Betty Guy (American, 1920-2016) wan an internationally renowned painter, illustrator and San Francisco native primarily known for her international cityscape and landscapes in watercolors and pen & ink, as well as illustration work, limited edition and monotype prints. Betty was born on September 15, 1920 in San Francisco, CA, as the only daughter of Joseph and Fania Lipshiltz, and she had three older brothers; George, Boris and Irving. Her parents and brothers originally emigrated from Vilnius, Lithuania to the United States and she was born shortly after—the first of her family born in the United States.
Betty was raised in San Francisco and graduated from Lowell High School and earned her bachelor's degree in English Literature from San Francisco State University. She then went on to enter the University of California at Berkeley for graduate work in the visual arts. She furthered her studies at the Art Students’ League in NYC, and at the Alliance Francaise and at the L'Académie de la Grande Chaumière, both in Paris.
“Watercolor has to happen almost magically,” she says. “Watercolor is its own master--you go along with it”. Betty doesn’t go anywhere without her trusted pens from Paris and a bottle of ink, ready to paint and sketch, in whatever city she seems to find herself in. She travels to Europe often on annual trips and stays in hotels or inns that have a view outside their windows, “I love finding a room with a view, so rain or snow I can still work,” she says.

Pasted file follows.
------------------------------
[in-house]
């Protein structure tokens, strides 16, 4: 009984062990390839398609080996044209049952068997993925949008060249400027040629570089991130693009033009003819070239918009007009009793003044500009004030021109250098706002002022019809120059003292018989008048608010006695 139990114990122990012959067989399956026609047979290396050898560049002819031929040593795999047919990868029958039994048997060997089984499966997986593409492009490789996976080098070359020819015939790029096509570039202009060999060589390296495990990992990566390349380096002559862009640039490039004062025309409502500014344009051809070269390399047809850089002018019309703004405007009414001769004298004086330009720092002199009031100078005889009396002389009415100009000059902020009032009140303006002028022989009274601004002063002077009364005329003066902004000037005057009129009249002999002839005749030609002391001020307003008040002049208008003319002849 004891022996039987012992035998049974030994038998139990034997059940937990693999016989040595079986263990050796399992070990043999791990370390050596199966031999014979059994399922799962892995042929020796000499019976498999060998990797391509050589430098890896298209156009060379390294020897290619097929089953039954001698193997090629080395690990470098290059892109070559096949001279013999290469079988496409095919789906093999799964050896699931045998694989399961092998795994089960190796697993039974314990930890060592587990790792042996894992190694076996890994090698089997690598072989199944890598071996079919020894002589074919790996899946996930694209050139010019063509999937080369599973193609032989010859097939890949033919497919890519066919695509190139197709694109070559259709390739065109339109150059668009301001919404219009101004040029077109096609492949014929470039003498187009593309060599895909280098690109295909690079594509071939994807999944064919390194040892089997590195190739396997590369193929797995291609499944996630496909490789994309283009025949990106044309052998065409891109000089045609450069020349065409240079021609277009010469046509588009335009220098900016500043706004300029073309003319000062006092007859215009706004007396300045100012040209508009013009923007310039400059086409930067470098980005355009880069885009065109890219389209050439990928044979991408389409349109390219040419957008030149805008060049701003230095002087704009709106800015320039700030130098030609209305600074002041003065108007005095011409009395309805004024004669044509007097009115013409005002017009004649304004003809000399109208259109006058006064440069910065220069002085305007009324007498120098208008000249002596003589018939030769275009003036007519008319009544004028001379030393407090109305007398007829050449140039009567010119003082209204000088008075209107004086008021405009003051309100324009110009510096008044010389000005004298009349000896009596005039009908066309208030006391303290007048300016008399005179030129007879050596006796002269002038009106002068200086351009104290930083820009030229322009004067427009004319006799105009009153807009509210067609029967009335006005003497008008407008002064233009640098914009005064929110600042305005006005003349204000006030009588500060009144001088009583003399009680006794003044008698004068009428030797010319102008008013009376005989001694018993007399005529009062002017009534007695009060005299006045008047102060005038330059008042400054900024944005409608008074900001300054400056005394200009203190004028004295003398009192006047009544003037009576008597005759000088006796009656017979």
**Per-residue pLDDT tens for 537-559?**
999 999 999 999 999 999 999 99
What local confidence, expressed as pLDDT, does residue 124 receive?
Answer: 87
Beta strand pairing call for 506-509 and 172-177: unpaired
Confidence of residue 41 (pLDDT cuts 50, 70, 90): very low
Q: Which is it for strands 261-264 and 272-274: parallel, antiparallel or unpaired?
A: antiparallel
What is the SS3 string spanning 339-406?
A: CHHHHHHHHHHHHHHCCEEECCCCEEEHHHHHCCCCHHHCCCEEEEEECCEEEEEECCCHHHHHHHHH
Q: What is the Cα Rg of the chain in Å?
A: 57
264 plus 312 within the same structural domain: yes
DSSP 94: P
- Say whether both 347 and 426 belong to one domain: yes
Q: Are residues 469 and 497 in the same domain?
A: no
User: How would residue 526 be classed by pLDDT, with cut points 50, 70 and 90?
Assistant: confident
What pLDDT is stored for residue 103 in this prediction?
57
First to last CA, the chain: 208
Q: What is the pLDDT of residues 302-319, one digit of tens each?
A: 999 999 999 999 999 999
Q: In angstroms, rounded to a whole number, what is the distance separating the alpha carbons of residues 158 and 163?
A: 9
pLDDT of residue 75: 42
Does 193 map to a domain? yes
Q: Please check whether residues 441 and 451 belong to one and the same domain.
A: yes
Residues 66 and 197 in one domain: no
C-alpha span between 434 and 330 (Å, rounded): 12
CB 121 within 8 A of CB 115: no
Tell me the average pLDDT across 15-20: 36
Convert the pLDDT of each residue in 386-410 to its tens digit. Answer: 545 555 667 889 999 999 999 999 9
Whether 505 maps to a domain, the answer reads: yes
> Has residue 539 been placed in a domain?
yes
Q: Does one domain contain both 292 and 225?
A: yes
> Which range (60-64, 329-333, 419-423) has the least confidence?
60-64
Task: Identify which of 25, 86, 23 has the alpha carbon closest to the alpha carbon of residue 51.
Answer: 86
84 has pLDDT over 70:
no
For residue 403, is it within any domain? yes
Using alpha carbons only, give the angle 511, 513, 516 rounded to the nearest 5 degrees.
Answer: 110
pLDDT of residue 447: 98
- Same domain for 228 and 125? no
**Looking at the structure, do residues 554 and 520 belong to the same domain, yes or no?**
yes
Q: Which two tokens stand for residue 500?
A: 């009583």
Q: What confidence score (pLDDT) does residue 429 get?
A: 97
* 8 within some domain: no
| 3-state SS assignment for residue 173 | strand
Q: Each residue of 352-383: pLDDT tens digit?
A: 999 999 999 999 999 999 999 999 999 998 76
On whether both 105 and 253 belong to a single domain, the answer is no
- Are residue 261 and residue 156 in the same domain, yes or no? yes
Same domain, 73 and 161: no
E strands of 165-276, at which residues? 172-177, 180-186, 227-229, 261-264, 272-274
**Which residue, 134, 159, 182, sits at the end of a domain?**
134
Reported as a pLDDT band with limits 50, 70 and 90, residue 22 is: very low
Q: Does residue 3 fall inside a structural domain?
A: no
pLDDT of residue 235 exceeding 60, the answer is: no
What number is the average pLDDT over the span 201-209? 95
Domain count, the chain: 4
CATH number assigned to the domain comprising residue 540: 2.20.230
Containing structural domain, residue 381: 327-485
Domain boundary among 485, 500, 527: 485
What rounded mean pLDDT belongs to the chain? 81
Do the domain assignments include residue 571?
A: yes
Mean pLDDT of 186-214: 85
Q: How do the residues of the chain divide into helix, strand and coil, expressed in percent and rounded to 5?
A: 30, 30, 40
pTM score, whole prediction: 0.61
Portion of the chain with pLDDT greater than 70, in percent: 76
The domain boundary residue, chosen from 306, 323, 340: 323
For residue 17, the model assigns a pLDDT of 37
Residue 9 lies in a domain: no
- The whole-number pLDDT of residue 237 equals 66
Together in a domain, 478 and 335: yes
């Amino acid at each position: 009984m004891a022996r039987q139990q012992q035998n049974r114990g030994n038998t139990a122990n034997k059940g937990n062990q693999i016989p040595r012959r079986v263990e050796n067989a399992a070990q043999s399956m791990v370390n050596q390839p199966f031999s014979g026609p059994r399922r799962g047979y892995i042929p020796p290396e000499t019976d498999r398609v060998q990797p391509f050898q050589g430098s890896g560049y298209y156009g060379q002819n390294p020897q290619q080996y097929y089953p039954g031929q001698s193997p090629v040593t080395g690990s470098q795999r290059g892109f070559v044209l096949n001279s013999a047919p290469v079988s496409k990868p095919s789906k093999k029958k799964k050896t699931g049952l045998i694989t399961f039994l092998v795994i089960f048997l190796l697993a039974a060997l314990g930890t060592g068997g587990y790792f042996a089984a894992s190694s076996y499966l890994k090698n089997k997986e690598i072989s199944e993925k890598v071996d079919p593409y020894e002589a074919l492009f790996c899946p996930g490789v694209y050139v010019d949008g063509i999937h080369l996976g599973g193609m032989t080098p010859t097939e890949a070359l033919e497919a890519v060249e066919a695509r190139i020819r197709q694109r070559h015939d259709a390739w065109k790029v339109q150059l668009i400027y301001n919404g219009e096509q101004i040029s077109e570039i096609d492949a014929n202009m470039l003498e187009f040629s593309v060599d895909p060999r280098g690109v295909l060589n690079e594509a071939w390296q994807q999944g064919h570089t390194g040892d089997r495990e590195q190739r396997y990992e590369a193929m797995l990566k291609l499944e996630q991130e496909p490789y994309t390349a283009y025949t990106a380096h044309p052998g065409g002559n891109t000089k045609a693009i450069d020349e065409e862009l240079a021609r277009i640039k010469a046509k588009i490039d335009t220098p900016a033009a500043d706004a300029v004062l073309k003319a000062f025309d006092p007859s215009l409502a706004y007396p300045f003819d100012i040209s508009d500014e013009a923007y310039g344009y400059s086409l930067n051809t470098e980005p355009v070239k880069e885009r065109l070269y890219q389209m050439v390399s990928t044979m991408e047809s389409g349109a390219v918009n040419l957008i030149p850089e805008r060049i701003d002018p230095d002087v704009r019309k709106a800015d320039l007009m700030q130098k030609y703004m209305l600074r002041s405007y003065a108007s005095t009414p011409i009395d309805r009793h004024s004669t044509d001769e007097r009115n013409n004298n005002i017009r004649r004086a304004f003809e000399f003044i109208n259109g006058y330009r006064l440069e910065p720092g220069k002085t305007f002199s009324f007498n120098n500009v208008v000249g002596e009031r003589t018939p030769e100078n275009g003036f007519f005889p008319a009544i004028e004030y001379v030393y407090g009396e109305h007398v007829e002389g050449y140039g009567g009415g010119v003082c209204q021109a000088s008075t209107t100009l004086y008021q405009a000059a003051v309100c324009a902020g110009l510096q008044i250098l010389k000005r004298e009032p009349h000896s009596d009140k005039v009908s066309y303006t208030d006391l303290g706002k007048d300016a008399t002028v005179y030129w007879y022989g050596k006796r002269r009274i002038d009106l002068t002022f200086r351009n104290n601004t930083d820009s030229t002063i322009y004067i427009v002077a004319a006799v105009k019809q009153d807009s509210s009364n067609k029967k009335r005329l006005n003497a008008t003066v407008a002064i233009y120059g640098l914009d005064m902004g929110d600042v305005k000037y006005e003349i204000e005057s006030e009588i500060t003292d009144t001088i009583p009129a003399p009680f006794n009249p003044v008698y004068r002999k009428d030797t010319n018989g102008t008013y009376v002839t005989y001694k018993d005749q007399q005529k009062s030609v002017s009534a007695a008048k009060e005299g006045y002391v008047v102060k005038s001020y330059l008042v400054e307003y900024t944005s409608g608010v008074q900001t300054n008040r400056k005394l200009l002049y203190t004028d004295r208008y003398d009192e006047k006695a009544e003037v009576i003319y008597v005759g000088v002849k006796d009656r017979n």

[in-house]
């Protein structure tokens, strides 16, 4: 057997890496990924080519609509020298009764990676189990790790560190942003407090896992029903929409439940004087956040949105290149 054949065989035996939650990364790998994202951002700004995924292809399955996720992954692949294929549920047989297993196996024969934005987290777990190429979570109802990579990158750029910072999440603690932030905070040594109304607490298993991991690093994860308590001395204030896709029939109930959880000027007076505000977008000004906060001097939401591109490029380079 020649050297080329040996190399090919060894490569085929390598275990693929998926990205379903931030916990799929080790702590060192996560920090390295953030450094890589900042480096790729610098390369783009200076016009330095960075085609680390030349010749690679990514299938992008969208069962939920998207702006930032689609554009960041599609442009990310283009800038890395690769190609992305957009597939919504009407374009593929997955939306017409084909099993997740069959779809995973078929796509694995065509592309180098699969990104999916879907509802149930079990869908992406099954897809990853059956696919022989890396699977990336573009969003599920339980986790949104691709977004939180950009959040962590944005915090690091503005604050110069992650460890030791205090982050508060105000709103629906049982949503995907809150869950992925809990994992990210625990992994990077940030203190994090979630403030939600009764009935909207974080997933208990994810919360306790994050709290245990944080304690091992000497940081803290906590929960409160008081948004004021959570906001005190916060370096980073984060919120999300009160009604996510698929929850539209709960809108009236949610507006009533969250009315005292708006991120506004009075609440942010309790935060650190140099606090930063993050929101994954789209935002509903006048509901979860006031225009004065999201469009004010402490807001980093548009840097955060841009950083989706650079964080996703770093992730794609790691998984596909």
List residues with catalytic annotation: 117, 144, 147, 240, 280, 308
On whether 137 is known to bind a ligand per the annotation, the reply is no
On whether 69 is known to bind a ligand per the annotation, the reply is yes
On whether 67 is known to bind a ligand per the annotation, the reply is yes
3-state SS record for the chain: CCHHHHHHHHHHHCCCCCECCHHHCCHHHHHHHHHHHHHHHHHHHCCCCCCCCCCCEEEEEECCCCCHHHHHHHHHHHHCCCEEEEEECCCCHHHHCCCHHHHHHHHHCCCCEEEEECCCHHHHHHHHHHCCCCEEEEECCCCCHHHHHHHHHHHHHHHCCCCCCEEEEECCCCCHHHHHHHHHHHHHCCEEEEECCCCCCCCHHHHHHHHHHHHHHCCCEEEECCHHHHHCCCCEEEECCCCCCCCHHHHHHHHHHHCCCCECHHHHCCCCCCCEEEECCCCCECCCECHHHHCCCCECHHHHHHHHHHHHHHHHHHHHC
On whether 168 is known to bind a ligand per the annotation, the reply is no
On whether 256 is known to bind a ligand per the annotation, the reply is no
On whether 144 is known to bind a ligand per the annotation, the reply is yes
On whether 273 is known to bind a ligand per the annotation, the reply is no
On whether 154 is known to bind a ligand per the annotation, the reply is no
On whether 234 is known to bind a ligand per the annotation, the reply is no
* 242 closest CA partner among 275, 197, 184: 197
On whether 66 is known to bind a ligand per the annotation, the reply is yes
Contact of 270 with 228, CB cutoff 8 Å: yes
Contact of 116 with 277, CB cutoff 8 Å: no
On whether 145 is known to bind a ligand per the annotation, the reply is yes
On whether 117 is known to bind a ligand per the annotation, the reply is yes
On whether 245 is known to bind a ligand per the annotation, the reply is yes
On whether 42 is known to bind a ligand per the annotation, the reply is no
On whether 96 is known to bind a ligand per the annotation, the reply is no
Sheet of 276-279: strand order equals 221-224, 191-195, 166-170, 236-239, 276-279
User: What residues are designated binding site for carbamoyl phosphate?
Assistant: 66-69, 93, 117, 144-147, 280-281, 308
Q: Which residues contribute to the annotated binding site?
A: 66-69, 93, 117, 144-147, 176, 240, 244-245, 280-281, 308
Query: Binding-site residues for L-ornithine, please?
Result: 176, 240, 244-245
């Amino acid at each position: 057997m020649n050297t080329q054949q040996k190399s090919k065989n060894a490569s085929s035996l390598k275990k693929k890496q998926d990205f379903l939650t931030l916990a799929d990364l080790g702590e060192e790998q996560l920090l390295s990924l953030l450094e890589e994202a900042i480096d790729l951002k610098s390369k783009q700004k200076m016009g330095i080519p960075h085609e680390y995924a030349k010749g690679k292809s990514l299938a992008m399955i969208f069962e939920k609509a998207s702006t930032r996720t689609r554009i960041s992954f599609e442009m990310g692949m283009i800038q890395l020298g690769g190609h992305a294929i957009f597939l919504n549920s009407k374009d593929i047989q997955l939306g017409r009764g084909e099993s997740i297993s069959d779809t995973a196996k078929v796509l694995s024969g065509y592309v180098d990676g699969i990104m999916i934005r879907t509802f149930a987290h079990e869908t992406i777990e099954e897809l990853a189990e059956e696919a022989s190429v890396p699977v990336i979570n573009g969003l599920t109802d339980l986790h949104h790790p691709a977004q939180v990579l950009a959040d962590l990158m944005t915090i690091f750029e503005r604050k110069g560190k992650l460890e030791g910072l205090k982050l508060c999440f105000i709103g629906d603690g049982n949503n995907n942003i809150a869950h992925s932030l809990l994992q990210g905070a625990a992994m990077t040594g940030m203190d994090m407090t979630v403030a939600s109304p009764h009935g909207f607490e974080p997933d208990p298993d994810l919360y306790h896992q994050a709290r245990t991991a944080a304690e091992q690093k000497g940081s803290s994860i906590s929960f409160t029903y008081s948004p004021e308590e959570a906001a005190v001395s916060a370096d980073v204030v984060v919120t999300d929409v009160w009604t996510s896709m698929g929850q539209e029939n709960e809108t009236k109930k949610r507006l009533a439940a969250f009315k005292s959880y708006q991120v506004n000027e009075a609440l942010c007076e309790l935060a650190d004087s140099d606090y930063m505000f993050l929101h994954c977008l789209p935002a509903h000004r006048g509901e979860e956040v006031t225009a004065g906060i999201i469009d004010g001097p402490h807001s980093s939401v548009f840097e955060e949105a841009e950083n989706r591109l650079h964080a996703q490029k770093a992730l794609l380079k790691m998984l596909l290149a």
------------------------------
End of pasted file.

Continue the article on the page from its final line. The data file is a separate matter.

“Her work is full of sunlight and air, the vagabond's feeling of freedom and as she expresses it ‘the face of history in a facade.’”
Betty has exhibited in many cities nationally and around the world. Her first exhibit was at the Galerie Henri Tronche on Rue de La Boétie, Paris, and her poster hung in the café & restaurant Les Deux Magots. Albert Pierre Sarrault (French, 1872-1962), the former 109th & 116th President of the French Council of Ministers of France, bought two of her paintings. Betty's first museum exhibit was at the California Palace of the Legion of Honor on December 15, 1961 and the late art critic Alfred Frankenstein of the San Francisco Chronicle called it, “The most delightful small show of the year.” She also had a long time exhibit at the University at California, San Francisco (UCSF) Faculty/Alumni House, which ended in 2005, and once again showed here watercolors there from September-December, 2007. Other exhibitions include; The Trojanowska Gallery, San Francisco, CA; the Yoseido Gallery, Tokyo, Japan; American Watercolor Society, NYC; Crocker Art Museum, Sacramento, CA; American representative at the Bicentennial Exhibit, Amerika Hous, Vienna, Austria; Curacao Museum, Netherlands, Antilles; the American Embassy, Bonn, Germany (1988); The American Library, Bucharest, Romania (1989); and at Gump's, San Francisco, CA.